Friend in Need
The waves of agony known as cluster headaches first struck the senior Kudrow when he was a 22-year-old premed student at UCLA. "It's a violent pain," he says, "and the reaction is violent. I've thrown chairs and hit walls." After graduating from medical school, he became a general practitioner, but in 1971 he opened the California Medical Clinic for Headache in Encino, 10 miles from the home he shares with his wife, Nedra, 63. In the years that followed, Kudrow became "preeminent internationally in the field of headache treatment," says Dr. Fred Sheftell, director of the New England Center for Headache.
Free of cluster headaches for 11 years and now retired, Kudrow notes that "the fatal diseases get all the attention and research money, and maybe that's the way it should be. But I've learned that quality of life is just as important as life itself. All you have to do is speak to headache patients and they'll tell you that." Two years ago he and his neurologist son David, 39, were intrigued by a report on the dramatic effects the inexpensive sunburn remedy lidocaine, administered as nasal drops, had on cluster headaches. Experimenting, they found lidocaine stopped migraines as well in 60 percent of the 39 patients tested.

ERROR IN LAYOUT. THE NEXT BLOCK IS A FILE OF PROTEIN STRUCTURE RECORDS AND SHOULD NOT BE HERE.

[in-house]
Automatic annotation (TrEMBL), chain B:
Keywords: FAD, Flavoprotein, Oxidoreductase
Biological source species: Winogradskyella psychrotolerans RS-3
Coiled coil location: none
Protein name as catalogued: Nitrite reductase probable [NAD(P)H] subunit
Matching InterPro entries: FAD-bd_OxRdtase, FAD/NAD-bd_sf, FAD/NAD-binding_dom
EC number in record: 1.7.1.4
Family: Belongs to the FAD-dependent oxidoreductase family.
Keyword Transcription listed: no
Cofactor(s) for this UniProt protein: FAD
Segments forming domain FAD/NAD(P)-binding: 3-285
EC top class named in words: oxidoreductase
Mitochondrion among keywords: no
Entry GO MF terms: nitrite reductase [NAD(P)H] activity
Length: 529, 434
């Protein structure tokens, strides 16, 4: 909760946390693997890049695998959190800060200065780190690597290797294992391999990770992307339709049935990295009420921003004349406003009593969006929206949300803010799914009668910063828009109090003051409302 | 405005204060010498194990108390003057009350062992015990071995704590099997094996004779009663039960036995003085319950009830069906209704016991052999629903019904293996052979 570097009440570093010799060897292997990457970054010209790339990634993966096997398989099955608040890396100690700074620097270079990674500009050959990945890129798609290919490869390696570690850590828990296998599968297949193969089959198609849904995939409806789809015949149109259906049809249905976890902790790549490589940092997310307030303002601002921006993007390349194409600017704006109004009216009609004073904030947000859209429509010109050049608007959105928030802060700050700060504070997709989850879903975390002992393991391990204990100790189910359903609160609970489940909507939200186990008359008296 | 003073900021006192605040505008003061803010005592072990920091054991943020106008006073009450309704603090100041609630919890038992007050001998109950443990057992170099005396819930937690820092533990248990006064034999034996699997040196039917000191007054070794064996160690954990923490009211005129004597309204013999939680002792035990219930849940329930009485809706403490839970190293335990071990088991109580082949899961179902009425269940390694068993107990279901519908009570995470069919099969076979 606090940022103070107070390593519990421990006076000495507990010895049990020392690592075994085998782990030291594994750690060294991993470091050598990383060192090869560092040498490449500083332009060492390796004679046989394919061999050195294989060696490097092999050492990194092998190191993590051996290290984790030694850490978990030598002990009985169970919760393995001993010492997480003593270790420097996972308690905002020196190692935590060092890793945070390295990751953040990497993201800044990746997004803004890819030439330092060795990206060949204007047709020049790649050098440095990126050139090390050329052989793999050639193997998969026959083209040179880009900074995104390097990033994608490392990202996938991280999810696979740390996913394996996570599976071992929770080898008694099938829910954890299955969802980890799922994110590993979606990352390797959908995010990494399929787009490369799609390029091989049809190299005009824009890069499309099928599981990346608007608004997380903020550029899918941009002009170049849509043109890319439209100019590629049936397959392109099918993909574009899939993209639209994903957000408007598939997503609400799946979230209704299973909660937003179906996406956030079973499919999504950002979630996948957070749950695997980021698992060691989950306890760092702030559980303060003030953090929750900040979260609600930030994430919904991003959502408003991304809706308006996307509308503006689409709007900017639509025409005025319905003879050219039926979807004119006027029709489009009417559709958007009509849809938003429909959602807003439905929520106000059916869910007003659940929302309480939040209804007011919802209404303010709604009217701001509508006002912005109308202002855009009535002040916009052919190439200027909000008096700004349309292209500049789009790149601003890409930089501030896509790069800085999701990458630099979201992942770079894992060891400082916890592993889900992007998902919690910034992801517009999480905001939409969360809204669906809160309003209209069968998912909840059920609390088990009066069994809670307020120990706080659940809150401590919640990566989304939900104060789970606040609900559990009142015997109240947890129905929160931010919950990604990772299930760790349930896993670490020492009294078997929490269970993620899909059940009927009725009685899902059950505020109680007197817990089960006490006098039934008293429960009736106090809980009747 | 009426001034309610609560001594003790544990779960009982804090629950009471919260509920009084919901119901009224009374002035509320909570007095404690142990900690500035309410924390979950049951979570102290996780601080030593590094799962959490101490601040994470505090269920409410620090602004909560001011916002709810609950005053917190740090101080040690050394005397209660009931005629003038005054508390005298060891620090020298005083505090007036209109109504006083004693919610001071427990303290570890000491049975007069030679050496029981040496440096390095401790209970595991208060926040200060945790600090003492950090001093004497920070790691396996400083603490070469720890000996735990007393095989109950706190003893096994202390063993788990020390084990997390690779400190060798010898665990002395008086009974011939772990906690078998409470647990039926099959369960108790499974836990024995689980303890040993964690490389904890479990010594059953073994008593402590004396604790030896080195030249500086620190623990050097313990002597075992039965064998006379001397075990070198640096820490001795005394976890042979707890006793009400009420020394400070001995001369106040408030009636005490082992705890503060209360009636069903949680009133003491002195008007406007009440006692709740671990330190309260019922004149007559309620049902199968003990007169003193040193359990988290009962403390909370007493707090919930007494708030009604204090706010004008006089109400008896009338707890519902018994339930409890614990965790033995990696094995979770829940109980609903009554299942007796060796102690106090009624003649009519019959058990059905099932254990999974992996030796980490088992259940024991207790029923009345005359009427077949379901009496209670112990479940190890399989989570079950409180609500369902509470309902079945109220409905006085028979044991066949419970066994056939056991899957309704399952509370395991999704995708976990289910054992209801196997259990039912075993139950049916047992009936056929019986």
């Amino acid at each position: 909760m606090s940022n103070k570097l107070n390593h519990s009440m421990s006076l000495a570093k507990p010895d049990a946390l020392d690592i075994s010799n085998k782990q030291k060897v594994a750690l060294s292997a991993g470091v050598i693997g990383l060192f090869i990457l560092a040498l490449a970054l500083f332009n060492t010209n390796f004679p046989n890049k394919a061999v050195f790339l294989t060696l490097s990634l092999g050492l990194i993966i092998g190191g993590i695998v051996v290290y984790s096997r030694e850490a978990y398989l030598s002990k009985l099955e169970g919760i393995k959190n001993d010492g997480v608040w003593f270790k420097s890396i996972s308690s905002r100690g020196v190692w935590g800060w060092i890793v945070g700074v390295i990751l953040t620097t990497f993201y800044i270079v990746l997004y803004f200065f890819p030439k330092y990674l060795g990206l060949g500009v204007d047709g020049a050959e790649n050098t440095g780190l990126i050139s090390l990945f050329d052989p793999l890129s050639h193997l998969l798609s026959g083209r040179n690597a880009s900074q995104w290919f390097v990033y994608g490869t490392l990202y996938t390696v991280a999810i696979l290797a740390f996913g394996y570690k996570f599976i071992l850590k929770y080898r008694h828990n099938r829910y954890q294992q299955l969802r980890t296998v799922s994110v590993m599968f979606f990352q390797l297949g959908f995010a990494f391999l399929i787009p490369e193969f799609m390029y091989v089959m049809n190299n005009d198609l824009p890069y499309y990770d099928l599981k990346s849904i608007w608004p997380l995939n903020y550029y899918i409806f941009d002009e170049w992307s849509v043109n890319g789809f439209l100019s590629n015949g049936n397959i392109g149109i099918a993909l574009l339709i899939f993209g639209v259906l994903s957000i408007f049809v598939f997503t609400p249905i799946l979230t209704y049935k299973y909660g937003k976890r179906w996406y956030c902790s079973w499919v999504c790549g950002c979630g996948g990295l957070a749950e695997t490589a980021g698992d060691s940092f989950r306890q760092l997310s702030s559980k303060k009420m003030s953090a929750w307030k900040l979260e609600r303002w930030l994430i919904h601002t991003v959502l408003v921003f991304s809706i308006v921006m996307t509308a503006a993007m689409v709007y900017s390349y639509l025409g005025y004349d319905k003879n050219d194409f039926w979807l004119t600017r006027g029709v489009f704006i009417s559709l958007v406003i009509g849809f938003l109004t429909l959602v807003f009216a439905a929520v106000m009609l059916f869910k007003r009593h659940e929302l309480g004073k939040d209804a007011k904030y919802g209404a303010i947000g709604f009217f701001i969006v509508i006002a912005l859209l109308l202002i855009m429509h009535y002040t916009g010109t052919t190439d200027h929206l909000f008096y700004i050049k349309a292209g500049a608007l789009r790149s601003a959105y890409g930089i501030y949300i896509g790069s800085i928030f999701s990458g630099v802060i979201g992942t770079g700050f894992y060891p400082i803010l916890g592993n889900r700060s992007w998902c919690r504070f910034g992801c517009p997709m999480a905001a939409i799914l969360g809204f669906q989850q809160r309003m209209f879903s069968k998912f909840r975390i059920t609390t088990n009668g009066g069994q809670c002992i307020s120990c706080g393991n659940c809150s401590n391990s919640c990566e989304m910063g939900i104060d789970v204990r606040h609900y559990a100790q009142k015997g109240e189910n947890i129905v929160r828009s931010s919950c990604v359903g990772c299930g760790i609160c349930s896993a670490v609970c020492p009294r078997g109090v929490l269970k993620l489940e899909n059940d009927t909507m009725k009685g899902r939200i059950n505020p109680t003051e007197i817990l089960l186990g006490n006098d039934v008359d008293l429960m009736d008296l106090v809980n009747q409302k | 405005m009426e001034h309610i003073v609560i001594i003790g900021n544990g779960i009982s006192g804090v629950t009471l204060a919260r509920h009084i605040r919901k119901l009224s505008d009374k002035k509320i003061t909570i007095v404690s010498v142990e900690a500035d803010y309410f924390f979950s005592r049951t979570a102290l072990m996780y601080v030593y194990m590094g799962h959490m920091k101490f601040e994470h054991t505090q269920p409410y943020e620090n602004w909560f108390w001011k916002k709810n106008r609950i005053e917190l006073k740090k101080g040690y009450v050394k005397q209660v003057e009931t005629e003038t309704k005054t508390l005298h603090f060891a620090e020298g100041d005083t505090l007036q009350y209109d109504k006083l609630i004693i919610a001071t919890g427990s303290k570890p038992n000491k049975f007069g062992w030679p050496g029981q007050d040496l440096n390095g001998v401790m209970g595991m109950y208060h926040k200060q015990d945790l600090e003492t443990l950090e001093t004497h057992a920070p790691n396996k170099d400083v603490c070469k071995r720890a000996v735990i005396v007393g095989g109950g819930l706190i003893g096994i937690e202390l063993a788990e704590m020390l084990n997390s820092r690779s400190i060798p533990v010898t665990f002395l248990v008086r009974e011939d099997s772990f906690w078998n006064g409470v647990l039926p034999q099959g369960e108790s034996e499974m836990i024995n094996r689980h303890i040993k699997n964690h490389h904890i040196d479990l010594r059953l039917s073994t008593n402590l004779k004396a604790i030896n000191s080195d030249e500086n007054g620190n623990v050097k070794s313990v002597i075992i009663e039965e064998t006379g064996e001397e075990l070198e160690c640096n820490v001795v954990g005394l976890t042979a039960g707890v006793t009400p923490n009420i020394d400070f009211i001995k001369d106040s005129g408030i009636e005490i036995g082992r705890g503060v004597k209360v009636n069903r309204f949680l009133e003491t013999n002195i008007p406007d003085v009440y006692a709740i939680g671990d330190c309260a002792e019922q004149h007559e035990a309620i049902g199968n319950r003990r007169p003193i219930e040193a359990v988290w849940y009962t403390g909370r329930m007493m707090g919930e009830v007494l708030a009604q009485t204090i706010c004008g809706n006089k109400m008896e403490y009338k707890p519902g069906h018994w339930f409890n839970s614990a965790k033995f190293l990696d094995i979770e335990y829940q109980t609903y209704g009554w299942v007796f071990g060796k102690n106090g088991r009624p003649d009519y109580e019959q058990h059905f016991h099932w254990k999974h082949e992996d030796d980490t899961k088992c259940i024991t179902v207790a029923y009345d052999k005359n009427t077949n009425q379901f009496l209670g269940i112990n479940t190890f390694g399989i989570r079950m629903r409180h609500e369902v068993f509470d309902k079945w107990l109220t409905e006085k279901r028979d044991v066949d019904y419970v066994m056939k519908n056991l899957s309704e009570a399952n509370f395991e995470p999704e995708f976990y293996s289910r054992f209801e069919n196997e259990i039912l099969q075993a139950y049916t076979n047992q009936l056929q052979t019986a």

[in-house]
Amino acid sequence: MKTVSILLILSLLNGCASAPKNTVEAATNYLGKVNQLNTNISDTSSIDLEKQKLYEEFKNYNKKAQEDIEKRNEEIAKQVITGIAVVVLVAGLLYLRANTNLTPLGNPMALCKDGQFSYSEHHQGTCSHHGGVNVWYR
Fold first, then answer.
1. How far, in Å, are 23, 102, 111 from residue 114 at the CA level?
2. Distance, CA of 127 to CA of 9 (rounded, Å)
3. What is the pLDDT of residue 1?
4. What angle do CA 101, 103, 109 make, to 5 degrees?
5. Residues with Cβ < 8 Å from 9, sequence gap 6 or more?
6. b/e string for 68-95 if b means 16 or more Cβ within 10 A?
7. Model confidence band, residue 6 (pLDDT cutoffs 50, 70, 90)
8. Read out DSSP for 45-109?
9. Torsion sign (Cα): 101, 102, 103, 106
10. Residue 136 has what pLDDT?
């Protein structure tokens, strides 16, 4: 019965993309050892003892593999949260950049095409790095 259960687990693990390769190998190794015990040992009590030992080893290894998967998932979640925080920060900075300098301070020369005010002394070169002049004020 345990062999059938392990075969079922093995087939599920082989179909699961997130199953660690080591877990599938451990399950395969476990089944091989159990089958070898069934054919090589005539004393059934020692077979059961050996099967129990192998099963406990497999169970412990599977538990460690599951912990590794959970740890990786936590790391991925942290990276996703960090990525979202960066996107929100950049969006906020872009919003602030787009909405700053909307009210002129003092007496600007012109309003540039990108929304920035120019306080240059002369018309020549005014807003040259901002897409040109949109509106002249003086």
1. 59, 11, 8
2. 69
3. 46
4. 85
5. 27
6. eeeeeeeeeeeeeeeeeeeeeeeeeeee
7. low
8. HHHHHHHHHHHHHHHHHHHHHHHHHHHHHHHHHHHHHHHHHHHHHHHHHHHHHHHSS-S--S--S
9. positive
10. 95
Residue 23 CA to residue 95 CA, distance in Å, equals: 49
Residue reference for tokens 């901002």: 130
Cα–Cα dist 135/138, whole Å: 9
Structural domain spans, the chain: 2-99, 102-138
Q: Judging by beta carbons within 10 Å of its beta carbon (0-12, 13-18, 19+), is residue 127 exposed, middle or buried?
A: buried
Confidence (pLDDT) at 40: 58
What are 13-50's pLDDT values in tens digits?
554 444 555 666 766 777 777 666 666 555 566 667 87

Hearing about the breakthrough findings, California neurologist Dr. Morris Maizels, consulted the Kudrows and, starting in 1994, ran a more formal study on lidocaine with a success rate of 55 percent. When the results were published in July in The Journal of the American Medical Association, lidocaine made headlines. The nation's 23 million migraine victims at last had reason for hope, and much of the credit goes to Lee Kudrow. None of which comes as any surprise to Lisa. "My dad," says the actress, who was once premed herself at Vassar, "is soooo cool."